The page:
In cooperation with Executive Member CMS Hasche Sigle, AmCham Germany hosted an Expert Webinar titled “Responsible Sourcing: Developments and Practical Implications of Managing Global Supply Chains” on May 11, 2021. To commence the webinar, Dr. Andreas Lohbeck, Attorney-at-Law and Counsel at CMS in Stuttgart, welcomed a diverse audience of AmCham Germany members as well as other interested participants. Dr. Lohbeck is a member of the NextGen Program Steering Committee and the Corporate & Business Law Steering Committee, where the idea for the topic was first introduced. Dr. Christoph Schröder, Counsel at CMS in Hamburg, Mollie Sitkowski, Counsel at Faegre Drinker Biddle & Reath LLP in Chicago, and Daniel Crampton, business and human rights consultant and former Human Rights Manager at Daimler AG in Stuttgart, joined the webinar and took a closer look at the recent and upcoming legal developments in the European Union, Germany, and the United States and their practical implications for companies.
The webinar began with an overview of due diligence obligations in existing laws of the European and German legislatives, such as the CSR directive, the conflict minerals regulation, and timber regulation. The current judicial situation was also compared to examples from California, the UK, France, Australia, the Netherlands, and Switzerland. It was pointed out that taking a look at foreign jurisdiction is important, especially when considering what cases foreign laws are relevant for German companies.
Subsequently, the current draft laws of the “Lieferkettengesetz” in Germany and the European Union were compared side by side in great detail with regards to their respective recommendation on due diligence and corporate responsibility. The thematic relevance is tied to the date when the law is planned to enter into force on January 1, 2023, giving German companies less than two years to prepare. However, adjustments of the German law are likely to be required until its enforcement on EU level in 2024. Furthermore, the scope of application of the German draft was compared to the EU range, i.e. which companies must comply with the law. In particular, the extraterritorial effect of the EU draft was pointed out, according to which companies based outside of the European Union must nevertheless comply if they act within the EU market. The primary objectives of protection are human rights, as well as the environment. At the EU-level the aspect of good governance of a country is another primary objective of protection. All of these mentioned objectives are summarized under the main target to contain corruption and bribery.
This results in a vast catalogue of due diligence obligations, such as the set-up of risk management, conducting regular risk analyses and supply chain checks as well as taking preventive and remedial measures. These steps then will be published in a report submitted to the supervising authorities. In the case of a violation of the law, companies will be sanctioned with penalty payments, administrative fines, and at the EU-level they face temporary or indefinite exclusion of their undertakings as well as seizure of commodities.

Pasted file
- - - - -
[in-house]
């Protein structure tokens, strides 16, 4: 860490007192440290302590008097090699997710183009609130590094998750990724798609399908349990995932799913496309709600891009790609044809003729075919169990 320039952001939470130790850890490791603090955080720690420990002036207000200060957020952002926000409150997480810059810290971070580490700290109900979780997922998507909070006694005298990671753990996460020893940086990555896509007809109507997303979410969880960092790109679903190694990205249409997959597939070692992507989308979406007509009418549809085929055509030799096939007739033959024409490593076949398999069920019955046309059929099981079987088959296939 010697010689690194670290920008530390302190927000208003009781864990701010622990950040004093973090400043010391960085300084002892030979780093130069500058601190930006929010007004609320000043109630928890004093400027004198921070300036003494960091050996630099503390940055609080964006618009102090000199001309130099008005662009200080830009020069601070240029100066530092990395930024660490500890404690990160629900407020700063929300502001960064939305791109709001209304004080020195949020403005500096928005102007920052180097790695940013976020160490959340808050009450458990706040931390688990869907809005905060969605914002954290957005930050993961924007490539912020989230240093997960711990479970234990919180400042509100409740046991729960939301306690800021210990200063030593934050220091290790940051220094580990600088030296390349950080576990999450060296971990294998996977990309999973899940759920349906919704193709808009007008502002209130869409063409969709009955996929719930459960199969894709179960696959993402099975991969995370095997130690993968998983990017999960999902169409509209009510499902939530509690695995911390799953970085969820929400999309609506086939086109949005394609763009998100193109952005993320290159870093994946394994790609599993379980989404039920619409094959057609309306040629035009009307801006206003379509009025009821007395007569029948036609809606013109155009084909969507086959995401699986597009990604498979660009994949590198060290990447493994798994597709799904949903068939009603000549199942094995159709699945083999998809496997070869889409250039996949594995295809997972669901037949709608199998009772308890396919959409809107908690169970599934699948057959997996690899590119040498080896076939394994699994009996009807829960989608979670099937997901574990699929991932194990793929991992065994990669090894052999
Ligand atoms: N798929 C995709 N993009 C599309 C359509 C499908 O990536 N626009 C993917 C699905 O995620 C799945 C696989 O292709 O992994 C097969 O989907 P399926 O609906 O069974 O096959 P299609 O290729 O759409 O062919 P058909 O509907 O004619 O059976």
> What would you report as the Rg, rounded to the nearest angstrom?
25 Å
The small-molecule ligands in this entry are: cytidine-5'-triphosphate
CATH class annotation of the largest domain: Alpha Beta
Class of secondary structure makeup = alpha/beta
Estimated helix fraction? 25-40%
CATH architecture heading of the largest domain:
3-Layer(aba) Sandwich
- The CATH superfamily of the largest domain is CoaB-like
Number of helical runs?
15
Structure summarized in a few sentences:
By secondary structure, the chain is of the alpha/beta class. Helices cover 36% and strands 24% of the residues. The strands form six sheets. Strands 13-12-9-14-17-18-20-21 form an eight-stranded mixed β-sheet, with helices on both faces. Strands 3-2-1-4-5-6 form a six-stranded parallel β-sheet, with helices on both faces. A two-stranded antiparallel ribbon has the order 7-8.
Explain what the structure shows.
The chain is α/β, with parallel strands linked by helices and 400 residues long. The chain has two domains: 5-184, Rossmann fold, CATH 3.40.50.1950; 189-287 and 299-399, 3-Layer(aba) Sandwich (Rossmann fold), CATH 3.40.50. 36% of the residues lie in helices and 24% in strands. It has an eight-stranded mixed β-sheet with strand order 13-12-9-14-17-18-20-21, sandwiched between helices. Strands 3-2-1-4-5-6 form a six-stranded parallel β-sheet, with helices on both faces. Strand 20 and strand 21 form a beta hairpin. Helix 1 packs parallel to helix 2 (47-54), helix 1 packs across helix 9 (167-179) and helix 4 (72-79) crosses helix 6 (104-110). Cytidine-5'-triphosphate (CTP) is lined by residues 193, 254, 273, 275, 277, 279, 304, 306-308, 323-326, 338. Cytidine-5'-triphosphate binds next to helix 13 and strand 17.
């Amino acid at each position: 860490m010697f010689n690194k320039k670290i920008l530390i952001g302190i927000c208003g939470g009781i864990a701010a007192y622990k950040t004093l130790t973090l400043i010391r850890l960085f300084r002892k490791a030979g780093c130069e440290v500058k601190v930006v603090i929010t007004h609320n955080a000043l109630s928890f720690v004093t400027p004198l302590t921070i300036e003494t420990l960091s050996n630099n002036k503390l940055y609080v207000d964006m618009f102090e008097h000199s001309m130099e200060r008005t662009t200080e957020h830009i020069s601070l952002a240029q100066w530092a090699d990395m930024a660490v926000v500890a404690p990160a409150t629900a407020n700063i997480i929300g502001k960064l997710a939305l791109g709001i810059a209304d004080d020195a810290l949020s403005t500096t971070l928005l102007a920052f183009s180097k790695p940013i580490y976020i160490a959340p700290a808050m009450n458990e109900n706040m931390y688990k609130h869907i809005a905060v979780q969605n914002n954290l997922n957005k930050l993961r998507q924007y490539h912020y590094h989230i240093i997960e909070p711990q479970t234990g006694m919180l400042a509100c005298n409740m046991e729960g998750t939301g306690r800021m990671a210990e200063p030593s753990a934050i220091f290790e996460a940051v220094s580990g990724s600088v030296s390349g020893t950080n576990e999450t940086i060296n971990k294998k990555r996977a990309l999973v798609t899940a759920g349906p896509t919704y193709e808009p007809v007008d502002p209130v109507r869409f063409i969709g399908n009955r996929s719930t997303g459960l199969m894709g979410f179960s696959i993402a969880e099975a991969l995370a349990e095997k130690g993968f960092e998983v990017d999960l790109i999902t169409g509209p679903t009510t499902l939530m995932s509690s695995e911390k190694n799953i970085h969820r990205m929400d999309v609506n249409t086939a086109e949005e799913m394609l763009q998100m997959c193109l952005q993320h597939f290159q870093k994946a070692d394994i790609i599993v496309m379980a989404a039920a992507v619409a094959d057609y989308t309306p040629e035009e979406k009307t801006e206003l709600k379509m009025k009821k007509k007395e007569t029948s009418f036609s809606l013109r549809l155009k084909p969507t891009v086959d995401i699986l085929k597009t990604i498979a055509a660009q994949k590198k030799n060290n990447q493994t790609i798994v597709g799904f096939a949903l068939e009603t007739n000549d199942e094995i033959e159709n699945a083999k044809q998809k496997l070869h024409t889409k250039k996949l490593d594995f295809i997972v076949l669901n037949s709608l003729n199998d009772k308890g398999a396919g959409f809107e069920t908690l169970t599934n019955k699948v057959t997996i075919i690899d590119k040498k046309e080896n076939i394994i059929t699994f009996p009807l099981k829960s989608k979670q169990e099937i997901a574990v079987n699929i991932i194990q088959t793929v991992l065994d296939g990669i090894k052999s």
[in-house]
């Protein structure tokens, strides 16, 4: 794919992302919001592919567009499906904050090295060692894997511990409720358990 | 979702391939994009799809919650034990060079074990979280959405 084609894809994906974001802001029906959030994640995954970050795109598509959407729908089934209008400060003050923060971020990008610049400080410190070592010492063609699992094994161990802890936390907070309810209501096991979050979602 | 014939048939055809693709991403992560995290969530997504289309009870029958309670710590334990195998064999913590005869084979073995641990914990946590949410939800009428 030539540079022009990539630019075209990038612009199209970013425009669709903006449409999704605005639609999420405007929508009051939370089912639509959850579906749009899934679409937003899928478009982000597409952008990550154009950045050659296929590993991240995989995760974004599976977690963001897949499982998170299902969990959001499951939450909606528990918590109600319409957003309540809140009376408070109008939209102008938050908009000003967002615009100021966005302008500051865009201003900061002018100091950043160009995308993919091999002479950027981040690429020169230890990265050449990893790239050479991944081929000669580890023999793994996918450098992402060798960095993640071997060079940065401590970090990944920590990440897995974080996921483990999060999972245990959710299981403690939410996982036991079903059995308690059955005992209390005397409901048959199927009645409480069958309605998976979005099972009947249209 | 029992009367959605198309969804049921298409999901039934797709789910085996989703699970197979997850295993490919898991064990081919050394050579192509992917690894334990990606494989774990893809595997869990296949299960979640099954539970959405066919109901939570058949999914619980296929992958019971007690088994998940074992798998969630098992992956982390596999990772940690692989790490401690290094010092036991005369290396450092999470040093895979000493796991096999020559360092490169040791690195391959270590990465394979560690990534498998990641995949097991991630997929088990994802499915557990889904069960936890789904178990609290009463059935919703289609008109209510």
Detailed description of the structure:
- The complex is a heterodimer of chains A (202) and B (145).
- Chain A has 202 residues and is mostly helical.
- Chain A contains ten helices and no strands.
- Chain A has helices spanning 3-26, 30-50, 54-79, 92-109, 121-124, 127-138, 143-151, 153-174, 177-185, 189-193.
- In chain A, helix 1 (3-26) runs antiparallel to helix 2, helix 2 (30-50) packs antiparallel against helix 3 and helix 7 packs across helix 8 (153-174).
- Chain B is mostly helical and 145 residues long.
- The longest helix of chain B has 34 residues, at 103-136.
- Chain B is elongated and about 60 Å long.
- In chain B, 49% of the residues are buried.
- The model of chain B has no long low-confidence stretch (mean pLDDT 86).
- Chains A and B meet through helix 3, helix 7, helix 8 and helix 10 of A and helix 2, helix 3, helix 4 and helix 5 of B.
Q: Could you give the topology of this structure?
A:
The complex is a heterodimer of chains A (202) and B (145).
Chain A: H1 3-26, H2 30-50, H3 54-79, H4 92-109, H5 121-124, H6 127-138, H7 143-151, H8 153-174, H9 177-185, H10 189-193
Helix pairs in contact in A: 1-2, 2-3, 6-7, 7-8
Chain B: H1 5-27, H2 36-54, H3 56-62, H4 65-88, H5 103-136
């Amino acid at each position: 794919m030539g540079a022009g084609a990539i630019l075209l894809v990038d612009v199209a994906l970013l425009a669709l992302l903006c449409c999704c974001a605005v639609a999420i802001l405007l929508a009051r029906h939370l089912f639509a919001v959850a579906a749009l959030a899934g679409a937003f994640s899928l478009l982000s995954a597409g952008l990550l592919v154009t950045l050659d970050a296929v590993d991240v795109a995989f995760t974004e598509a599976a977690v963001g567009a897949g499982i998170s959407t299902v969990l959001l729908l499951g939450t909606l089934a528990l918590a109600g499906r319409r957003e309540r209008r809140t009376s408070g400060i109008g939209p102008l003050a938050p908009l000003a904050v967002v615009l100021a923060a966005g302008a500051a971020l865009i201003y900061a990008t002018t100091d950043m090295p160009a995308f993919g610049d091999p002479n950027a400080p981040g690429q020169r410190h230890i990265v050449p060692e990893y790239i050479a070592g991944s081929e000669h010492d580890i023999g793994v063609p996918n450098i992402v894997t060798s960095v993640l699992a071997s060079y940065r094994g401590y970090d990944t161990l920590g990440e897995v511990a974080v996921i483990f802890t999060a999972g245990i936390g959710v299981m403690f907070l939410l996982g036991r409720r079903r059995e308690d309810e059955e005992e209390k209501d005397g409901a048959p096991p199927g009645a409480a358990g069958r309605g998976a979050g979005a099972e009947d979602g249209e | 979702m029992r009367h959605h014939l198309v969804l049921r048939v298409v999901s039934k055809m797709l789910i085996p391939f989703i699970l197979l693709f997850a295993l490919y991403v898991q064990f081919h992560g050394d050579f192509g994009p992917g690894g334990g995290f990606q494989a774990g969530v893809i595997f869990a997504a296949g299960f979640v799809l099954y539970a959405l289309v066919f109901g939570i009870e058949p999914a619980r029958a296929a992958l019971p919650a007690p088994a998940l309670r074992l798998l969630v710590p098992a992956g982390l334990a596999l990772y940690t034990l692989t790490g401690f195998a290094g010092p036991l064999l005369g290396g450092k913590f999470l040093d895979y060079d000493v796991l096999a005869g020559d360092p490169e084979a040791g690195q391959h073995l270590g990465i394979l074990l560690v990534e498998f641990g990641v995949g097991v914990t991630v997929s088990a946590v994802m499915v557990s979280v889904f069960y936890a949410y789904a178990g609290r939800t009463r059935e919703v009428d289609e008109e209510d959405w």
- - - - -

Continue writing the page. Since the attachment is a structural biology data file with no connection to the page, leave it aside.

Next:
The second part of the presentation focused on the laws and regulations enforced by the US Customs and Boarder Protection (CBP) and the US definitions of forced labor in various acts, illustrated through the example of merchandise produced in North Korea under certain circumstances of prohibited labor. Broadly speaking, the CBP’s power was analyzed, among it the issuance of withhold release orders (WROs) and findings. This was illustrated by the very broad WRO example on cotton and tomatoes (partly) produced in the Xinjiang Uyghur Autonomous Region (XUAR). Companies must prove to the CBP that the purchased goods were not produced with forced labor, which requires very good compliance standards and meticulous documentation including audit reports. This is possible and must be done within a timeframe of 90 days. A closer look was also taken on the California Transparency in Supply Chain Act (CTSCA) that became effective in 2010. Finally, the Uyghur Forced Labor Prevention Act (UFLPA) was discussed, which is currently being reintroduced in the US Congress and House of Representative and is awaiting either approval of both bills or needs to pass reconciliation.
Ultimately, the webinar concluded with a detailed inspection of the concept of human rights due diligence, who needs to implement it, what kind of human rights risks exist in general, and how does one find these risks. Consequently, the implementation of human rights due diligence was emphasized as a possibility to understand a business from a new perspective and its impact on people. Furthermore, the recommendation was given to use systems that are already in place and incentives that can be further expanded while also discovering new business cases, increasing supply chain stability and convincing investors and shareholders of the new strategy to tackle this topic, new laws and expectations. It was summarized as a field of business in which companies still have a lot to learn and where experts are needed to introduce how the reality works rather than dealing with abstract ideas.
The presentation was followed by a panel discussion and the identification of specific implications for companies through the drafts. According to the speakers, the main difference currently is that the US laws take export activities into consideration and while the German and EU draft laws present a challenge, criminal liability will help to drive change forward.
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